Got lucky with the weather in general. Other than that oddball could front that pushed me south the weather was awesome the entire trip! I fully expected to have a cold wet ride north. I got the opposite.
Getting thru the video footage. Decided to work my way backwards and put together a video of my last "Challenge" for this ride. Iron Mountain Trail in Damacus VA. It was a slow roll and language got a bit colorful towards the middle of the video, but I "Got'R"Done. LOL.
Bike accessories and gear:
Over time I have used a lot of different gear and MC accessories on MC trips. Much of the gear I use now I consider old friends as they have withstood the test of time. Side note: I don't get free gear or any type of sponsorship from manufacturers. This list is obviously not everything I had and in general the things I take on trips are proven. But a few always seem to earn some honorable mention.
Klim gear - I have panned Klim in the past for certain things and will likely do so again and I stand by those statements. However despite having other high end gear in the closet (including Stadler) I always seem to gravitate to Klim gear for these long rides that mix street and technical riding together. I used Klim padded compression shorts, Latitude pants, and a Carlisle jacket. They did the job well.
Wolfman Luggage: I brought along my old trusty Day Tripper saddlebags and Enduro tank bag. They are trusted, functional, and proved themselves over time. I even "discovered" a use for the small D rings on top of the enduro bag this trip. They make awesome sunglass holders and keep the glasses from getting misplaced or damaged in a pocket or bag and kept the glasses firmly attached to the bike though all sorts of off-road and hi-speed pavement. In several of the photos in this report you'll see a set of shades attached to the top of the tankbag. They lived there whenever I was not wearing them.
Mosko Moto: I cannot seem to kill the R80 bags and have not found a better set of travel luggage for long trips that involve dirt and street. If I did somehow kill my version1 of these things the new version would be at the top of my shopping list to consider again.
Ka-Bar BK9 Combat Bowie Fixed Blade Knife: This is my camp knife, trail clearing tool, sometimes cooking utensil, a shovel in time of desperate need, and self defense. It never fails to get at least one comment from someone when on one of these rides, LOL. Tough blade, takes and holds and edge extremely well. I never leave home without it. It lives attached to the saddlebag as seen in the photo.
Cyclops Aurora light kit: A new addition for me. Really nice compact addition to the stock lighting that provides excellent close to midrange lighting at night and they brushed off several tumbles into rocks and sand. They are perfect for my east coast night riding in the mountains. If I lived in wide open flat spaces I might opt for one of their kits that provided a bit more long range power, but that would be at the cost of the compact nature of the Auroras so more likely to incur damage. Seen in the photo above, they have really tough mounts and tuck in really nice and tight which kept them safe from harm.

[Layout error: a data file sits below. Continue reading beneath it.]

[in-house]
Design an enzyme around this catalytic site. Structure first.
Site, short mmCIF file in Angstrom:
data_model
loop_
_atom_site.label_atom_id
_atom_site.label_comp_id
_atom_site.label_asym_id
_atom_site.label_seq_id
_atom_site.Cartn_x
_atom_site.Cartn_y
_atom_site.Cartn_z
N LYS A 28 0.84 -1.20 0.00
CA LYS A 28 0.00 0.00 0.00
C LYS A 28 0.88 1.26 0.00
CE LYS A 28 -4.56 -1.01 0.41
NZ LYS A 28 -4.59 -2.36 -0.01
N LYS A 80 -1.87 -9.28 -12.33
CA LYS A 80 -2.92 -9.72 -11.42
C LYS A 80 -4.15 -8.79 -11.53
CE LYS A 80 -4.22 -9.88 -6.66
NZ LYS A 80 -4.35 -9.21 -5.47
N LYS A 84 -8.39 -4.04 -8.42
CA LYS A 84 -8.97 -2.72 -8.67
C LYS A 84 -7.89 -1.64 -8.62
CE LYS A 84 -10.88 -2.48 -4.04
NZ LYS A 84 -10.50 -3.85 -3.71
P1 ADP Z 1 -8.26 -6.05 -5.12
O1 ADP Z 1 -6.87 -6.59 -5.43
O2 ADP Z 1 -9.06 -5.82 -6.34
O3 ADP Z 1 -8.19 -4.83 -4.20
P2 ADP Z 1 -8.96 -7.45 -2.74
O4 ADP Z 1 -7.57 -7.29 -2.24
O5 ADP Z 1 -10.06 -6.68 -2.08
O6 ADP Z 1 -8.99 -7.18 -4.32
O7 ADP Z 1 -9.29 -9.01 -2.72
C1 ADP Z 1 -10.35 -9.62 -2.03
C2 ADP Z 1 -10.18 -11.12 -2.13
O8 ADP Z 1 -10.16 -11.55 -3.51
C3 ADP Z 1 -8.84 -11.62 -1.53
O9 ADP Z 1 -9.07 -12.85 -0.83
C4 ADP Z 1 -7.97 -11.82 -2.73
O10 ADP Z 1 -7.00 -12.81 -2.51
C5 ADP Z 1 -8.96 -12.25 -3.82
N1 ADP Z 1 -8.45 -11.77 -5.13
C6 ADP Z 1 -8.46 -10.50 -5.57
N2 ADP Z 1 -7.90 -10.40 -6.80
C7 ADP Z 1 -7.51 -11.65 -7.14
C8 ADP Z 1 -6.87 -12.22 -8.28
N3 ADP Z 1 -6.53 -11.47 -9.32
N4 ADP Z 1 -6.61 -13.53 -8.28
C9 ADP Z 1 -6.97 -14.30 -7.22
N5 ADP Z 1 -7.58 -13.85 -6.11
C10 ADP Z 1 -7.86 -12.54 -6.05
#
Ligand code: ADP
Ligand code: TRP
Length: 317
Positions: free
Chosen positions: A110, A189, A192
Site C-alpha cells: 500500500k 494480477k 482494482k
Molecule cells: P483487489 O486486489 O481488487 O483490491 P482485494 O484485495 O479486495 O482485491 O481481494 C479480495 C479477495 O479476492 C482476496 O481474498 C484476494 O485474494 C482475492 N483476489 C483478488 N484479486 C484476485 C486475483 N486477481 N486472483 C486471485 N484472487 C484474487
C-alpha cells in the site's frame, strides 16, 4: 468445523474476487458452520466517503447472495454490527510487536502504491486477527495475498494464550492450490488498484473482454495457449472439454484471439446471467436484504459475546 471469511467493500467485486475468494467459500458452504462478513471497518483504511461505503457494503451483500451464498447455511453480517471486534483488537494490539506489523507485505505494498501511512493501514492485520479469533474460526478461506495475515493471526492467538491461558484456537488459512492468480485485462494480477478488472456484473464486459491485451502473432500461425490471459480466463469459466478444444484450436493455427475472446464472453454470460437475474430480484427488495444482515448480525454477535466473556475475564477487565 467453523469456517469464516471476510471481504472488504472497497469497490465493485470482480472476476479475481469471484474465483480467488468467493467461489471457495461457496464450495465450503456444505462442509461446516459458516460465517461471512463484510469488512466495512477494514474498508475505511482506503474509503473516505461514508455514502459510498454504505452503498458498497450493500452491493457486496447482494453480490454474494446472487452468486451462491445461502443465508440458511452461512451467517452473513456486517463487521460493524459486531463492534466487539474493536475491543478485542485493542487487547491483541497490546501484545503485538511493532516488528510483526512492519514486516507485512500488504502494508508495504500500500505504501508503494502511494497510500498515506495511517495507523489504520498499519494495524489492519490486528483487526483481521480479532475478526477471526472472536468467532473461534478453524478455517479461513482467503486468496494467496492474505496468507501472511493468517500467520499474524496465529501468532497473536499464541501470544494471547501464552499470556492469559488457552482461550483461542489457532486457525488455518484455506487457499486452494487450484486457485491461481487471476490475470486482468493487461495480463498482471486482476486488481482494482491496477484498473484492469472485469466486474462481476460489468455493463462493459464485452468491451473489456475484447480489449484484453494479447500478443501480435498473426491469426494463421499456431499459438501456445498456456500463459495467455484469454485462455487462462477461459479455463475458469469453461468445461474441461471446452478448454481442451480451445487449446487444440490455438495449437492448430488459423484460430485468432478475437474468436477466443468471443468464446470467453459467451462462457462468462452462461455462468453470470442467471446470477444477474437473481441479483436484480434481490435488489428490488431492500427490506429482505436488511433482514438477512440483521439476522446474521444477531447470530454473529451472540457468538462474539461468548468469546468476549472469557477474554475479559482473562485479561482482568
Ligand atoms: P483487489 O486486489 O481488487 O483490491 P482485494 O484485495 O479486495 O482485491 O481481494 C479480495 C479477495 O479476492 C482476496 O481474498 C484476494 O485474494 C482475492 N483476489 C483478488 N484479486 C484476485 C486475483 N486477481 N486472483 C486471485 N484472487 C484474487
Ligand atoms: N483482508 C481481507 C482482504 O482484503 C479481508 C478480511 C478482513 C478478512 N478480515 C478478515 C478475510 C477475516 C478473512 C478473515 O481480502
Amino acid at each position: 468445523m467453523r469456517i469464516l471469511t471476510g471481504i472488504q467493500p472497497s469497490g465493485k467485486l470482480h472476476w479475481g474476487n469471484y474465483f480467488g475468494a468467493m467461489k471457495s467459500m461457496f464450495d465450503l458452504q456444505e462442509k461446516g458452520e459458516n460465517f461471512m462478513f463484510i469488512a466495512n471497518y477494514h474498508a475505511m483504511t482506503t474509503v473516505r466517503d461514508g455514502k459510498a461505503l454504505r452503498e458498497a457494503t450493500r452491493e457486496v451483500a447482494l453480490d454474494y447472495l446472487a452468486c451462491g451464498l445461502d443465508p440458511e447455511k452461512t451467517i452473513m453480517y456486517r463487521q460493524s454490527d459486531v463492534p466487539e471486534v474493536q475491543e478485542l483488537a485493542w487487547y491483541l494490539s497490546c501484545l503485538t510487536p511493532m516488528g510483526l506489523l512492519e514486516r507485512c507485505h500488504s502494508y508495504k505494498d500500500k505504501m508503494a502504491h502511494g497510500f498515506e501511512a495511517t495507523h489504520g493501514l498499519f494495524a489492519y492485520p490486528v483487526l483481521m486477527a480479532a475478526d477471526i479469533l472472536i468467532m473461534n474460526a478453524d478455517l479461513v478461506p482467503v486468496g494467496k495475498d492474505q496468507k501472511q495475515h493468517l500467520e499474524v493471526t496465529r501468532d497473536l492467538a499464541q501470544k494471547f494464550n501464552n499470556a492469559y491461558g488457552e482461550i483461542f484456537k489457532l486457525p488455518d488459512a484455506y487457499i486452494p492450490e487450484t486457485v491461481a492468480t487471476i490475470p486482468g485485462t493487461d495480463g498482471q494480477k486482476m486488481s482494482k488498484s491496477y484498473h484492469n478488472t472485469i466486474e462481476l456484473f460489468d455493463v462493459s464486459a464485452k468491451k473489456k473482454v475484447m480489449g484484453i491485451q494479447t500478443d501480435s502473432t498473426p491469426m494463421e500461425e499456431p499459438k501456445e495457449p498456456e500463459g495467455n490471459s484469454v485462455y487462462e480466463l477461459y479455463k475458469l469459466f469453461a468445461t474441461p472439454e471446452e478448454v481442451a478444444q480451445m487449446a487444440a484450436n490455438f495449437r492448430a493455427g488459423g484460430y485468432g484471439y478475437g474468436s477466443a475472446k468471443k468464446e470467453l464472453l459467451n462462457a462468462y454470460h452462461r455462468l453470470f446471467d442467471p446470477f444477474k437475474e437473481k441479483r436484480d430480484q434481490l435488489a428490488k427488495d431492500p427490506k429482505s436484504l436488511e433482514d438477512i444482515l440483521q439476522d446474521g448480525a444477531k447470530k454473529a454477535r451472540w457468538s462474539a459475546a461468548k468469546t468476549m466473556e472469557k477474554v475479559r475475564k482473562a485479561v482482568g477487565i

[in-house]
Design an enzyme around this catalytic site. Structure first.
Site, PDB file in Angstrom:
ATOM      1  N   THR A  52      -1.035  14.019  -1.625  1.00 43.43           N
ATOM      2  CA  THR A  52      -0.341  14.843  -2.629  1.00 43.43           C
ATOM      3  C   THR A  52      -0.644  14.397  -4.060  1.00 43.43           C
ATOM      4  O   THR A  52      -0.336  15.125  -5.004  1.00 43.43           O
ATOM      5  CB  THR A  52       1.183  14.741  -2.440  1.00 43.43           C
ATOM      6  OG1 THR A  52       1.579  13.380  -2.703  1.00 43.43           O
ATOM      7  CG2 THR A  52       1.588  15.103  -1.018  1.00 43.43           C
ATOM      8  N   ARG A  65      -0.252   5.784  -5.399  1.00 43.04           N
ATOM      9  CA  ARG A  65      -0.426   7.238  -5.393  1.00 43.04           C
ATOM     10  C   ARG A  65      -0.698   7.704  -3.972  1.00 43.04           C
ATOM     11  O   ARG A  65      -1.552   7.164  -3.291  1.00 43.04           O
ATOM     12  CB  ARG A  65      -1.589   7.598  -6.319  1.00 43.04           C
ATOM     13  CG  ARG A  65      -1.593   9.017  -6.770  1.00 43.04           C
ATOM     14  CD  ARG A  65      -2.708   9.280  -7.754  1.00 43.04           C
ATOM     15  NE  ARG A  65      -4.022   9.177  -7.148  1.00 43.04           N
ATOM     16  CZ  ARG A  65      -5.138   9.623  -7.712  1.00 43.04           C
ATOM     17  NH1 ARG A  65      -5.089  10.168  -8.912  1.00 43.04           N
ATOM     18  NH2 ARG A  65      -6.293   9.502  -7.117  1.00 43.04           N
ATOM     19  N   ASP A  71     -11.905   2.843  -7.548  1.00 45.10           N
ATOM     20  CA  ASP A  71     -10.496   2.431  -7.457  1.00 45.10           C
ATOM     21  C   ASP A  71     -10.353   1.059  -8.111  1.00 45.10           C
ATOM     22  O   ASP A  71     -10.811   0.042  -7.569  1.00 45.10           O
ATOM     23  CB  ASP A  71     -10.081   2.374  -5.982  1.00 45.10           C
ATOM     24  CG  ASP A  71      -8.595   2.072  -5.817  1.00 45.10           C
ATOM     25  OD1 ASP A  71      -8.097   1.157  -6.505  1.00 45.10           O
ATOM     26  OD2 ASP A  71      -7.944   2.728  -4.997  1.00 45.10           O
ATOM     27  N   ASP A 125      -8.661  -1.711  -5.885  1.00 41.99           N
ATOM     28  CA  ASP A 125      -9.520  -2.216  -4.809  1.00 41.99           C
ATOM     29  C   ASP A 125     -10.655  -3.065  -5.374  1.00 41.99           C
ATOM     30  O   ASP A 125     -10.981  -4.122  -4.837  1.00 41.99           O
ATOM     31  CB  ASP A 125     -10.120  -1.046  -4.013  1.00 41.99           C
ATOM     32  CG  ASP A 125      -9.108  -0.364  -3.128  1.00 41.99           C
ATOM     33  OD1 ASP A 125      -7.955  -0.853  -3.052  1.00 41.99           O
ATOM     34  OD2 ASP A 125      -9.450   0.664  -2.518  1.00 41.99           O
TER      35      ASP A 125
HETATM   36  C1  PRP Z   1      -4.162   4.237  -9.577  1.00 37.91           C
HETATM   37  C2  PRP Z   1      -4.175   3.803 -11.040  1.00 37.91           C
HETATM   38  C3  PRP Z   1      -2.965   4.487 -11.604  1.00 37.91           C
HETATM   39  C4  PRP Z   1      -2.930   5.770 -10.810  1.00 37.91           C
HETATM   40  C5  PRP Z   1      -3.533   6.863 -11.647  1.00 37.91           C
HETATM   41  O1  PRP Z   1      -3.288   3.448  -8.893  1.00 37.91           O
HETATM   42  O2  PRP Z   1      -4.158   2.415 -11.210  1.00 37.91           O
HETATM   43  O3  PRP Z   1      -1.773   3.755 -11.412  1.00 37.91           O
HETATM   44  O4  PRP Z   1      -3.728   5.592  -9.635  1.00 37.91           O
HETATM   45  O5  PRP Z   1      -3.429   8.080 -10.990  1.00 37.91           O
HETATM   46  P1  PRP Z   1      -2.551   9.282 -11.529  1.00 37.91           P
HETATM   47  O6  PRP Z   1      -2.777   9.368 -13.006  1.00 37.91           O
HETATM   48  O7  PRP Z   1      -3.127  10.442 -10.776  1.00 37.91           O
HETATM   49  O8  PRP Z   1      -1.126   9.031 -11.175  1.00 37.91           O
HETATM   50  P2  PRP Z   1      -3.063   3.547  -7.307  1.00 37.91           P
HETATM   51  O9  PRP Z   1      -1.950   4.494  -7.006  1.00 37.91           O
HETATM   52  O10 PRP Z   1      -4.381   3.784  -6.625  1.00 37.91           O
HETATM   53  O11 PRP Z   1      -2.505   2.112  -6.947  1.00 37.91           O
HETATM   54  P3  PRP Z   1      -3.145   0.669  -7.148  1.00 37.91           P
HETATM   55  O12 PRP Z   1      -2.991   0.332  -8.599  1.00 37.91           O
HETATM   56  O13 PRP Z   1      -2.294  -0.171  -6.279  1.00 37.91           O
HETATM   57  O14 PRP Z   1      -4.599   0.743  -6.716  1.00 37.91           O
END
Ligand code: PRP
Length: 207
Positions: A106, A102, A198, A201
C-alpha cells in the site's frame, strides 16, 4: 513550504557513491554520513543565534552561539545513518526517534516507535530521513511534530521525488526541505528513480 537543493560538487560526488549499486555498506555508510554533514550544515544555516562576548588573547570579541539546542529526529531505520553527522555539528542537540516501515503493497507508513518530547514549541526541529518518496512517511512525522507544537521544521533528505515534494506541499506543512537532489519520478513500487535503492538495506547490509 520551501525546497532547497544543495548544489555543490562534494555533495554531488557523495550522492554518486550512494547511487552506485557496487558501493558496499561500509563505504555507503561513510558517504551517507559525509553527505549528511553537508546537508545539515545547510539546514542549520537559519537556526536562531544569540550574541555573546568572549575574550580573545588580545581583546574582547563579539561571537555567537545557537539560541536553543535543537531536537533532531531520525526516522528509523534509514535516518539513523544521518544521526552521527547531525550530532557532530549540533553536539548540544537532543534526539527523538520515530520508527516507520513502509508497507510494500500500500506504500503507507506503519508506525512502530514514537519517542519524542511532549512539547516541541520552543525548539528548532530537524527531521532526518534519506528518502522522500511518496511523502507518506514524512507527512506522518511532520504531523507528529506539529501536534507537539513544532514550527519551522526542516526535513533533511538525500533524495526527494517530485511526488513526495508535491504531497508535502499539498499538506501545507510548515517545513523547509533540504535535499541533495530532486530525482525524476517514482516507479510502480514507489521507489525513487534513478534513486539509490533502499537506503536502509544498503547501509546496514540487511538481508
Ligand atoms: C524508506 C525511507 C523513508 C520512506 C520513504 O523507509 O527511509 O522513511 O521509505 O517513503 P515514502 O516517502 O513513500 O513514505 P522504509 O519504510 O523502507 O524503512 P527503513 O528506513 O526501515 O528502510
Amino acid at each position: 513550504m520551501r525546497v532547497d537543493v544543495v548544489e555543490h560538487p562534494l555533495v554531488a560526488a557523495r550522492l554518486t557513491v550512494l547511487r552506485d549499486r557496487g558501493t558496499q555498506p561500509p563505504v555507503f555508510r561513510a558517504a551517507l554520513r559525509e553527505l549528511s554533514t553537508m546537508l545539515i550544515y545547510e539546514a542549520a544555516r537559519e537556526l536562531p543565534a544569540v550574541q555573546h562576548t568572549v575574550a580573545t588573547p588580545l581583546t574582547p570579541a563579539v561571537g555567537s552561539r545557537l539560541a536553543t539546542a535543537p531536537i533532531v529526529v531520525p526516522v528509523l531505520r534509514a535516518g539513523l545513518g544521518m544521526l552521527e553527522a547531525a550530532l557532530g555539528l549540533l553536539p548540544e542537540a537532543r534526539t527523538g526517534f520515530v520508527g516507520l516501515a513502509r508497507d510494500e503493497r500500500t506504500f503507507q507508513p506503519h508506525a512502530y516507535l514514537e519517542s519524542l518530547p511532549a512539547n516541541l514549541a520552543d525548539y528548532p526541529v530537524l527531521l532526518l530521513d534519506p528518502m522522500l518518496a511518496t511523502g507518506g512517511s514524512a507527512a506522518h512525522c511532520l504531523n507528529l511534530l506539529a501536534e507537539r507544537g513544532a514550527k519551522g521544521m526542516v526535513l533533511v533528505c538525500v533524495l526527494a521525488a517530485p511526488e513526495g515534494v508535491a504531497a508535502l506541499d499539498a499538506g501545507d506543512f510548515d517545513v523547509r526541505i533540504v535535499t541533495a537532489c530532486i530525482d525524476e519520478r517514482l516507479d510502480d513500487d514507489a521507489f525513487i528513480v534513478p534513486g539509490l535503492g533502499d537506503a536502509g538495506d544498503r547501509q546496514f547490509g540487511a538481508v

Amok Air Mattress: I had bought an Amok Hammock earlier this year but because not every area I was going to be would likely have trees I opted to take my trusty tent. However I have never had an air mattress that survived completely functional for an entire long trip and the air mattress I got with the AMOK seemed quite stout compared to some very expensive backpacking air mattresses I have tried. It was a little bulkier but man... it was worth ever extra ounce of weight to have along. It offers a degree of insulation which made for more comfortable nights and it remained firm and not "bouncy". It was nice to not wake up in the middle of the night and need to add air, to get off the ground, LOL.
Windscreen mod (visible in photo above) - A new addition that I had the chance to use courtesy of fellow inmate @Toddv who is developing it. (yes, he did let me use it for free in exchange for feedback). Before I took off on this trip Toddv reached out to me to say he had been working on a mod that would reduce the stock windscreen turbulence on the 790 ADVR and wanted to know if I'd like to give it a test. I jumped at the chance because while the screen didn't bother me too much in the low position except at very high speeds I found the stock screen incredibly annoying in the high position, so if there was a chance to fix that while retaining the stock screen I was all for it.